15. People sing the national anthem during the memorial service on the University of Arizona campus in Tucson. (Chris Carlson / AP) Back to slideshow navigation
  16. President Barack Obama and first lady Michelle Obama at the start of the memorial event. (Jewel Samad / AFP - Getty Images) Back to slideshow navigation
  17. People line up at the University of Arizona campus for the memorial service. (David Becker / Getty Images) Back to slideshow navigation
  18. Barb Tuttle is overcome with emotion at a makeshift memorial outside the office of Rep. Gabrielle Giffords on Jan. 12 in Tucson. (Kevork Djansezian / Getty Images) Back to slideshow navigation
  19. Women waiting in line for the memorial service look at the campus paper at the University of Arizona. (Rick Wilking / Reuters) Back to slideshow navigation
  20. Mark Kelly, husband of Rep. Gabrielle Giffords, holds his wife's hand in the congresswoman's hospital room at University Medical Center on Jan. 9. (Offiice Of Gabrielle Giffords / Getty Images) Back to slideshow navigation
  21. Ron Barber, 65, district director for Rep. Gabrielle Giffords, is visited by Giffords aide Daniel Hernandez in his hospital room on Jan. 9. Hernandez rushed to Gifford's aid after she was shot. Hernandez said that while he held the wounded Giffords, he asked another bystander to put pressure on Barber's wounds. He also asked Barber for his wife's phone number and then shouted it out to someone so that Barber's wife, Nancy, could be informed of the shooting. (Gabrielle Giffords' Office / Reuters) Back to slideshow navigation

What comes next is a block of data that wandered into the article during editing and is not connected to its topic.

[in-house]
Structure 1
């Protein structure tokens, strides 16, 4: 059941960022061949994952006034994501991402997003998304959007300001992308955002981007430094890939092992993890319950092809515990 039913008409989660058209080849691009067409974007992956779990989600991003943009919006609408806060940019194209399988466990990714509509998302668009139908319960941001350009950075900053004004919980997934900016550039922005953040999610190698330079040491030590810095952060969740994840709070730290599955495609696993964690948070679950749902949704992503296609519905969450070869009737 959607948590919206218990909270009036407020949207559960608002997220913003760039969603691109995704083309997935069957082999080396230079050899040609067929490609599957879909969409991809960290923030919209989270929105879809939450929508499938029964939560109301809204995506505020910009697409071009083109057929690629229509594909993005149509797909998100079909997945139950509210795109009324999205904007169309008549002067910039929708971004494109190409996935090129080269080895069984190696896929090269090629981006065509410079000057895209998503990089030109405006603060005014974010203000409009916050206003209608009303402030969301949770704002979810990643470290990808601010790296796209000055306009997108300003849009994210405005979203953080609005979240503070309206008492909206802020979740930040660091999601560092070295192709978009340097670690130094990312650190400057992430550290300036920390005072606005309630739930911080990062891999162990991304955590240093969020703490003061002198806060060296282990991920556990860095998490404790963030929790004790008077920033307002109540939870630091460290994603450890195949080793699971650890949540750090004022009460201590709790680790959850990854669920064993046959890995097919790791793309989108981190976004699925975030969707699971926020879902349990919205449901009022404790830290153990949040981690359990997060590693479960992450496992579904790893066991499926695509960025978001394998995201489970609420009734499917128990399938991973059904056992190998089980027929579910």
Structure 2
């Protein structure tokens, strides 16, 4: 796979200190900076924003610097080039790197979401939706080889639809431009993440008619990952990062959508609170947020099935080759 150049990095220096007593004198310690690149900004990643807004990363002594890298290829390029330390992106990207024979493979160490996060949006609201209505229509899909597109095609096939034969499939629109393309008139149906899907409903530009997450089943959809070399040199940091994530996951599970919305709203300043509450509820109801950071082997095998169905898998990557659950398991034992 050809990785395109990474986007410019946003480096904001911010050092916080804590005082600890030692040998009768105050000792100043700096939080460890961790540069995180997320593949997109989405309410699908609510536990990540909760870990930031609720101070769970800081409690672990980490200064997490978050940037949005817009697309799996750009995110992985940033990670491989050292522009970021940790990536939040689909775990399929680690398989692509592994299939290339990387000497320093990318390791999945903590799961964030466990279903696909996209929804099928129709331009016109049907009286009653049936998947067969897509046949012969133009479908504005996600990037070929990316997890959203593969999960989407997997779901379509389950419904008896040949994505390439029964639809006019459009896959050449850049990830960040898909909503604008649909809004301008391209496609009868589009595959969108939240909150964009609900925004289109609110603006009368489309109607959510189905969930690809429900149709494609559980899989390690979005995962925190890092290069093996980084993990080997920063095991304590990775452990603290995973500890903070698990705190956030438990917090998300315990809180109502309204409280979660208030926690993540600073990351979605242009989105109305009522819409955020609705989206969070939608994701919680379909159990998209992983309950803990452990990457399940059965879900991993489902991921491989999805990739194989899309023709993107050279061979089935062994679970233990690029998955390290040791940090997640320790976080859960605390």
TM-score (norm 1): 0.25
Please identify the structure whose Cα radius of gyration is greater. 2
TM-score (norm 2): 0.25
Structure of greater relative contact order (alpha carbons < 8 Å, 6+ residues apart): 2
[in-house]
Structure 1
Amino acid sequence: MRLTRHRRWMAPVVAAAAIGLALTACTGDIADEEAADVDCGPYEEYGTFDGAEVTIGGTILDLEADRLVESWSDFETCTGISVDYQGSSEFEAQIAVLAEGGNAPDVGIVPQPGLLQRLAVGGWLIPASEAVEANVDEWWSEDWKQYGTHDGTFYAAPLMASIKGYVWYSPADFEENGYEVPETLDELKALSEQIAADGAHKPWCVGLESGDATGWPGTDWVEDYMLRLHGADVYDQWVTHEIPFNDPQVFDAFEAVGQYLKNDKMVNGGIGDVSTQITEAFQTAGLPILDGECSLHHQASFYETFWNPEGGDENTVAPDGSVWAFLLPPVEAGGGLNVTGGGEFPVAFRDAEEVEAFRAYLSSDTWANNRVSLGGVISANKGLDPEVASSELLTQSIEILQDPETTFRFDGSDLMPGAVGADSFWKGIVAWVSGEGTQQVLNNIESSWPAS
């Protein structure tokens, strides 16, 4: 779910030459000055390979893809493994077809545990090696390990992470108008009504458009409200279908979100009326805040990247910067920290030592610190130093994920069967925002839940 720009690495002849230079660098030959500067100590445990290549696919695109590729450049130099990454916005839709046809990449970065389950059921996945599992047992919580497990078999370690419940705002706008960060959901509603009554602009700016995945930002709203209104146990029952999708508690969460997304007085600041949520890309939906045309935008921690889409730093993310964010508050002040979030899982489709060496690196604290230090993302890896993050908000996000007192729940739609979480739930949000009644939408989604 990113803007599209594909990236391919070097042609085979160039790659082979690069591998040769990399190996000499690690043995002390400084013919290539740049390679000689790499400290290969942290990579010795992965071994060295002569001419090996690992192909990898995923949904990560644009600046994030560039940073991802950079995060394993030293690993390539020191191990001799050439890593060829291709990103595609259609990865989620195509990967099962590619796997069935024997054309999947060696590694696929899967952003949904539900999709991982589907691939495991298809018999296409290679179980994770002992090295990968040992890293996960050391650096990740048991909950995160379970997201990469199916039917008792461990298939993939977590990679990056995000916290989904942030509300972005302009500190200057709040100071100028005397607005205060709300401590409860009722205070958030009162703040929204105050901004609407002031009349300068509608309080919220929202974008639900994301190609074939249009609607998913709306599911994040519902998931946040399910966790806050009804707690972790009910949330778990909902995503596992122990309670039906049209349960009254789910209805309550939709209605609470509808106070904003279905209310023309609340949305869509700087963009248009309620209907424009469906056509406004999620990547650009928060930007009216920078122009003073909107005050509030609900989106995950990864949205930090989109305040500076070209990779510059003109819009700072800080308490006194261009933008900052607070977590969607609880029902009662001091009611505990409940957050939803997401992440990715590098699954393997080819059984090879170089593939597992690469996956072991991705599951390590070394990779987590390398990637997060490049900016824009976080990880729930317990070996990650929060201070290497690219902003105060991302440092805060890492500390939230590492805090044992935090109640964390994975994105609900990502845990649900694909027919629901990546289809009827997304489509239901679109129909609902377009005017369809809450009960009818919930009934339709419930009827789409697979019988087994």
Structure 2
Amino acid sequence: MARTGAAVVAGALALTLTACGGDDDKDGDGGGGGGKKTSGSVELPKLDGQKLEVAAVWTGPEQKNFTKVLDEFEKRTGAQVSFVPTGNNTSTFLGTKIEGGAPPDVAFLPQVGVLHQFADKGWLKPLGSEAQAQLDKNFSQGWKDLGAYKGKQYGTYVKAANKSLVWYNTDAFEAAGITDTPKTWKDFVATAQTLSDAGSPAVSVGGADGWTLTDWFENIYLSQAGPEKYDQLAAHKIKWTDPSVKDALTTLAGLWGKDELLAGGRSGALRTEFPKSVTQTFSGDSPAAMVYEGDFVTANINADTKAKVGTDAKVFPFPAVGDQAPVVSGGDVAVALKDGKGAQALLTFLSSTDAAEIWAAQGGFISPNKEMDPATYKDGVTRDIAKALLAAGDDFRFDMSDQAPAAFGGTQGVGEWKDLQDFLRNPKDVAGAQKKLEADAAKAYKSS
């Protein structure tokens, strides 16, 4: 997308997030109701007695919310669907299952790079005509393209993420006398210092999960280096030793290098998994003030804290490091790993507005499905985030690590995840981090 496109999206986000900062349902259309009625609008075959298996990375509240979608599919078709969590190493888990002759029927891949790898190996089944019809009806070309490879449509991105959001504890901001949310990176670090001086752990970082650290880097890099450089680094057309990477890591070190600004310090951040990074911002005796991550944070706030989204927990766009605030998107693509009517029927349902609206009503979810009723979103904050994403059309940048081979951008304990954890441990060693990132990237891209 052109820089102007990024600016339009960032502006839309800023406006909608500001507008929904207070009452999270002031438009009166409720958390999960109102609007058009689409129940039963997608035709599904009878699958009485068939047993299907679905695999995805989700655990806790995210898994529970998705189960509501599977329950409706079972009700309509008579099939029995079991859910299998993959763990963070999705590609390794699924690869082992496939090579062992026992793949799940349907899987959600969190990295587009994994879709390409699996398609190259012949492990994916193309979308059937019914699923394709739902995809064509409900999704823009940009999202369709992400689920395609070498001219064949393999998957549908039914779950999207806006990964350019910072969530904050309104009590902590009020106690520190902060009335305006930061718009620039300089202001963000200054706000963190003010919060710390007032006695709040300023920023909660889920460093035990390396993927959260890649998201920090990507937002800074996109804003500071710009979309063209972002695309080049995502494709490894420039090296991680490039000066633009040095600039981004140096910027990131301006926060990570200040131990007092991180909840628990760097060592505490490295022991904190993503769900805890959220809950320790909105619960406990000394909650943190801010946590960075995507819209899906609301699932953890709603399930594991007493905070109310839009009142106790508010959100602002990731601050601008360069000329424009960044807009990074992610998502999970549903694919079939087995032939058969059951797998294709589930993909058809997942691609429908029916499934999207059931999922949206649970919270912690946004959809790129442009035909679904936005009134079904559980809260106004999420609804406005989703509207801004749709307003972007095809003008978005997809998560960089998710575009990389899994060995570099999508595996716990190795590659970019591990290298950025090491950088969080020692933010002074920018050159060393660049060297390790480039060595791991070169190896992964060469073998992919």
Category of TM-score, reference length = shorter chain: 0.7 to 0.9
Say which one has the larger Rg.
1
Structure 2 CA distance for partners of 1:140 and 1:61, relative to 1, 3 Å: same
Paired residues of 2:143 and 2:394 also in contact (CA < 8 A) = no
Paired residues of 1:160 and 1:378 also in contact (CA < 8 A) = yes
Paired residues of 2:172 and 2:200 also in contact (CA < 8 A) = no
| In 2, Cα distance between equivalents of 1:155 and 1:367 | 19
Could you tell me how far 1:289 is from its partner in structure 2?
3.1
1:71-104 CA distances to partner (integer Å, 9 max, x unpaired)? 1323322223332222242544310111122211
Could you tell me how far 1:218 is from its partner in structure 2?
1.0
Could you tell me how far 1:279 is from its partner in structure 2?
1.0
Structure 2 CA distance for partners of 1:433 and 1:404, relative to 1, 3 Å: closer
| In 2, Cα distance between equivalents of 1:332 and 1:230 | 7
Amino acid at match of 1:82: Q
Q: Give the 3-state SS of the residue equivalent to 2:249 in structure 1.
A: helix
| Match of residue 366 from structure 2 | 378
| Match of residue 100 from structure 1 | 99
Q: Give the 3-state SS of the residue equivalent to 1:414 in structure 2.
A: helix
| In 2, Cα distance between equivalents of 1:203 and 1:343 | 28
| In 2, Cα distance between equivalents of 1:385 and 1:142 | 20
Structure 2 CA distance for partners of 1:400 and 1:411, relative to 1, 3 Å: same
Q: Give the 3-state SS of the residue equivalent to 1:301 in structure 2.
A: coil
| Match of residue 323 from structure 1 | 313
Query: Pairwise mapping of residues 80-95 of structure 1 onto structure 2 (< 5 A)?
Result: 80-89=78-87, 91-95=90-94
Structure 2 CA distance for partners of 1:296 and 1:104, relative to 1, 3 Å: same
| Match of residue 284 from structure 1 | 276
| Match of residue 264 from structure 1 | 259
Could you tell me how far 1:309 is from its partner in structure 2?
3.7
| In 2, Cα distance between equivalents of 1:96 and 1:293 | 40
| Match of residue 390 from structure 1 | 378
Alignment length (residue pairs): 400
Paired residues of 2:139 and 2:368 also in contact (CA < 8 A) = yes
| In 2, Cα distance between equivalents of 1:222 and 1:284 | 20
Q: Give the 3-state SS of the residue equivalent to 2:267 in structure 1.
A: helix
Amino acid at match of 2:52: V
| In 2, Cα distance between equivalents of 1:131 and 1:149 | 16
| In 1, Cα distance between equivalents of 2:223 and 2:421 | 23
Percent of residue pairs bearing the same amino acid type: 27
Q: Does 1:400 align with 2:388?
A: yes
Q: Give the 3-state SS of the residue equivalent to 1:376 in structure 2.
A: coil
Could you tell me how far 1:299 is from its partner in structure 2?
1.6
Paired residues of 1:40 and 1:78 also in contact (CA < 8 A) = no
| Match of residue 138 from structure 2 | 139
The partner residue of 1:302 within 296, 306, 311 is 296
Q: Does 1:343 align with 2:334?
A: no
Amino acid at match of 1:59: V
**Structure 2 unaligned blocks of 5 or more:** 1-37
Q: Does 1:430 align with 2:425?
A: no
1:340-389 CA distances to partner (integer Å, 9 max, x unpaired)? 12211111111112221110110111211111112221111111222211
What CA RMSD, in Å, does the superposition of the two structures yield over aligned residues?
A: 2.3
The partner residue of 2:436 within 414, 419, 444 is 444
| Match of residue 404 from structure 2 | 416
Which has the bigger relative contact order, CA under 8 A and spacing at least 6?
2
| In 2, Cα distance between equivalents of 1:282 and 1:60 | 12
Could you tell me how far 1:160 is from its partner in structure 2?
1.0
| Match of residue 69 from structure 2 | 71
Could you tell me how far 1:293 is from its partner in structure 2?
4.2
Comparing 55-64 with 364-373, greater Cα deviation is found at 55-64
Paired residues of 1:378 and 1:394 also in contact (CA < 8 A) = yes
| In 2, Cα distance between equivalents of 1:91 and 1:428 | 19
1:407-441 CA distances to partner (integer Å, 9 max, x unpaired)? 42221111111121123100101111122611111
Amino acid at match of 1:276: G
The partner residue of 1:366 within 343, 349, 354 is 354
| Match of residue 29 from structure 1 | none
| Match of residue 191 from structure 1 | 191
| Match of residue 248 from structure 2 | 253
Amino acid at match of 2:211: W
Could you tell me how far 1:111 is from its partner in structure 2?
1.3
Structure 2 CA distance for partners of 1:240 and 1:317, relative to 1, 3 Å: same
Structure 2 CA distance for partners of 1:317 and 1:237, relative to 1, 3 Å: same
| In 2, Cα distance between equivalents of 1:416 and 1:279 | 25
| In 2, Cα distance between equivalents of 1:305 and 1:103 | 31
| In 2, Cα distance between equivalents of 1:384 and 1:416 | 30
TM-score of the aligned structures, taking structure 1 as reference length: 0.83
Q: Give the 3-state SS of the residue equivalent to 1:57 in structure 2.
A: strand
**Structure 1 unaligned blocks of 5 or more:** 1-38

22. President Barack Obama and First Lady Michelle Obama observe a moment of silence with White House staff members on the South Lawn of the White House in Washington on Jan. 10. (Jewel Samad / AFP - Getty Images) Back to slideshow navigation
  23. Congressional staff observe a moment of silence to honor victims of the assassination attempt on Rep. Gabrielle Giffords on the steps of the Capitol in Washington. (Michael Reynolds / EPA) Back to slideshow navigation
  24. Rachel Cooper-Blackmore, 9, adds a note to a memorial at Mesa Verde Elementary School in Tucson, on Jan. 10. Christina Taylor Green, 9, was killed during the Tucson attack. (Chris Carlson / AP) Back to slideshow navigation
  25. Rachel Crabb, 5, holds hands with teachers, parents and other students during a moment of silence for her slain schoolmate, Christina Taylor Green, at Mesa Verde Elementary School on Jan. 9. (John Moore / Getty Images) Back to slideshow navigation
  26. Candles are lit on Sunday at a makeshift memorial outside University Medical Center in Tuscon, Ariz., for those killed or wounded during the attack on Rep. Gabrielle Giffords . (John Moore / Getty Images) Back to slideshow navigation
  27. Ellie Steve, 6, from left, Lucia Reeves, 6, and Zoe Reeves, 18, gather for a candlelight vigil outside the office of Rep. Gabrielle Giffords in Tucson, Ariz., on Sunday. (Chris Carlson / AP) Back to slideshow navigation
  28. Six balloons representing the six people killed in Saturday's shooting spree, as part of a prayer vigil.Rep. Gabrielle Giffords battled for her life on Sunday after an assailant shot her in the head and killed six others in a rampage that has launched a debate about extreme political rhetoric in America. (Eric Thayer / Reuters) Back to slideshow navigation
  29. People console each other at a makeshift memorial located outside the University Medical Center on Jan. 9 in Tucson, Ariz. (John Moore / Getty Images) Back to slideshow navigation